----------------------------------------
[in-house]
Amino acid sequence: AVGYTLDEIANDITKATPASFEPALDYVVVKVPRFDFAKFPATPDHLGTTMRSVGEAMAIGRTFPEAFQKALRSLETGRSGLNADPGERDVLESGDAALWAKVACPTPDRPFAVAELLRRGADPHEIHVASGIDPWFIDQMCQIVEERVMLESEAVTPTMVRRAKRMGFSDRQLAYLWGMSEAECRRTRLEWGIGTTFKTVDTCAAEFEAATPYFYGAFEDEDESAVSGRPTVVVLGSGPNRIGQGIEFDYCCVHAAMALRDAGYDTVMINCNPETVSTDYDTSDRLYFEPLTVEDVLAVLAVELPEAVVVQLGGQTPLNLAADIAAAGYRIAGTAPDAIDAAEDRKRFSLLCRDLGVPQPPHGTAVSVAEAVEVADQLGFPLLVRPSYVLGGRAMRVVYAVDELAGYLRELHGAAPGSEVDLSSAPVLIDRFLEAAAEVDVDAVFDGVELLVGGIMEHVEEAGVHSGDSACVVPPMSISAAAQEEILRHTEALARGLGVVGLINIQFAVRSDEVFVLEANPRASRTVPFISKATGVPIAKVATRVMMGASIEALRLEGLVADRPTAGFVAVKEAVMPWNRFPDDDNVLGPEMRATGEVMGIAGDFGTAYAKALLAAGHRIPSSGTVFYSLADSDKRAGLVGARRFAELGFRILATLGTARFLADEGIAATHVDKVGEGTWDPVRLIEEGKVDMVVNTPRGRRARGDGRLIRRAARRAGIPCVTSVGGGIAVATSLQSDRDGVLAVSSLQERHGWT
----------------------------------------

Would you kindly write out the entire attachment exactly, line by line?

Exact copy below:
[in-house]
Amino acid sequence: AVGYTLDEIANDITKATPASFEPALDYVVVKVPRFDFAKFPATPDHLGTTMRSVGEAMAIGRTFPEAFQKALRSLETGRSGLNADPGERDVLESGDAALWAKVACPTPDRPFAVAELLRRGADPHEIHVASGIDPWFIDQMCQIVEERVMLESEAVTPTMVRRAKRMGFSDRQLAYLWGMSEAECRRTRLEWGIGTTFKTVDTCAAEFEAATPYFYGAFEDEDESAVSGRPTVVVLGSGPNRIGQGIEFDYCCVHAAMALRDAGYDTVMINCNPETVSTDYDTSDRLYFEPLTVEDVLAVLAVELPEAVVVQLGGQTPLNLAADIAAAGYRIAGTAPDAIDAAEDRKRFSLLCRDLGVPQPPHGTAVSVAEAVEVADQLGFPLLVRPSYVLGGRAMRVVYAVDELAGYLRELHGAAPGSEVDLSSAPVLIDRFLEAAAEVDVDAVFDGVELLVGGIMEHVEEAGVHSGDSACVVPPMSISAAAQEEILRHTEALARGLGVVGLINIQFAVRSDEVFVLEANPRASRTVPFISKATGVPIAKVATRVMMGASIEALRLEGLVADRPTAGFVAVKEAVMPWNRFPDDDNVLGPEMRATGEVMGIAGDFGTAYAKALLAAGHRIPSSGTVFYSLADSDKRAGLVGARRFAELGFRILATLGTARFLADEGIAATHVDKVGEGTWDPVRLIEEGKVDMVVNTPRGRRARGDGRLIRRAARRAGIPCVTSVGGGIAVATSLQSDRDGVLAVSSLQERHGWT